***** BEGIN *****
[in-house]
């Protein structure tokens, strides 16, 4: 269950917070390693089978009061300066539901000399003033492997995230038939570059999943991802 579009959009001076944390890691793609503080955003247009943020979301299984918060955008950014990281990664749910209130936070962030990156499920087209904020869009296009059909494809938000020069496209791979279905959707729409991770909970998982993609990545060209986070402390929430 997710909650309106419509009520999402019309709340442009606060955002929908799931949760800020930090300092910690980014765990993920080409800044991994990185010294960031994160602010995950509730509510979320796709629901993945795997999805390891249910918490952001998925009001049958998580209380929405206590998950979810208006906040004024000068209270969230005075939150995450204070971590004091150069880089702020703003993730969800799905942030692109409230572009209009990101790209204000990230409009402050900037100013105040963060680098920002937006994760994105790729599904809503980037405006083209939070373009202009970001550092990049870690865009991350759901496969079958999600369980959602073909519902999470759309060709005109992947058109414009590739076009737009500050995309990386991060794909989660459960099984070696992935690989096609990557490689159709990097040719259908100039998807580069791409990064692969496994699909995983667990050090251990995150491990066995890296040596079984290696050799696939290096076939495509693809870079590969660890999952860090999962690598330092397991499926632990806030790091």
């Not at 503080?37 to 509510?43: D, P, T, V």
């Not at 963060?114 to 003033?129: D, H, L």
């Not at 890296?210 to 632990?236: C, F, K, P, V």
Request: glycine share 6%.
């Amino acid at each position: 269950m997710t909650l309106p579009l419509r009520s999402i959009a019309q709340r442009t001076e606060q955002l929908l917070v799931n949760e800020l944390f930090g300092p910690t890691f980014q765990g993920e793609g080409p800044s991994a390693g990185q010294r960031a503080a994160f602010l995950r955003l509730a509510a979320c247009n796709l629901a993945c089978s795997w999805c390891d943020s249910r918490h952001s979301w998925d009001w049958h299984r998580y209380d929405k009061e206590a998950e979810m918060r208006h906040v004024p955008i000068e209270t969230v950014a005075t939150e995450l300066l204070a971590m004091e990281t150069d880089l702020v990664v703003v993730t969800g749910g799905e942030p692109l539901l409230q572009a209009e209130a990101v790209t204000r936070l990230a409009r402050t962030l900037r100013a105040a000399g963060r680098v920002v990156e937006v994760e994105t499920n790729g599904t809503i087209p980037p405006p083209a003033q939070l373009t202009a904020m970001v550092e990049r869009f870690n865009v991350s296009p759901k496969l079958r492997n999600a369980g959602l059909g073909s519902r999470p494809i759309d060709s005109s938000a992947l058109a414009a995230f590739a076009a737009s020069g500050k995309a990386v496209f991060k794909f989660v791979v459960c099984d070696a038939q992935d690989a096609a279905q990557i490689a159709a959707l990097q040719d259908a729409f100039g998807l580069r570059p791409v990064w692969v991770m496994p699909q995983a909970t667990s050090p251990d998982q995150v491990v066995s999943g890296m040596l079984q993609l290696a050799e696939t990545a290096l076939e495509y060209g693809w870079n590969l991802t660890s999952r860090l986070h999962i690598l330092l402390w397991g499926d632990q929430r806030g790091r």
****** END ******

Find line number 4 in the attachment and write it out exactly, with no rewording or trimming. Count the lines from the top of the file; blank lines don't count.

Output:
């Not at 963060?114 to 003033?129: D, H, L």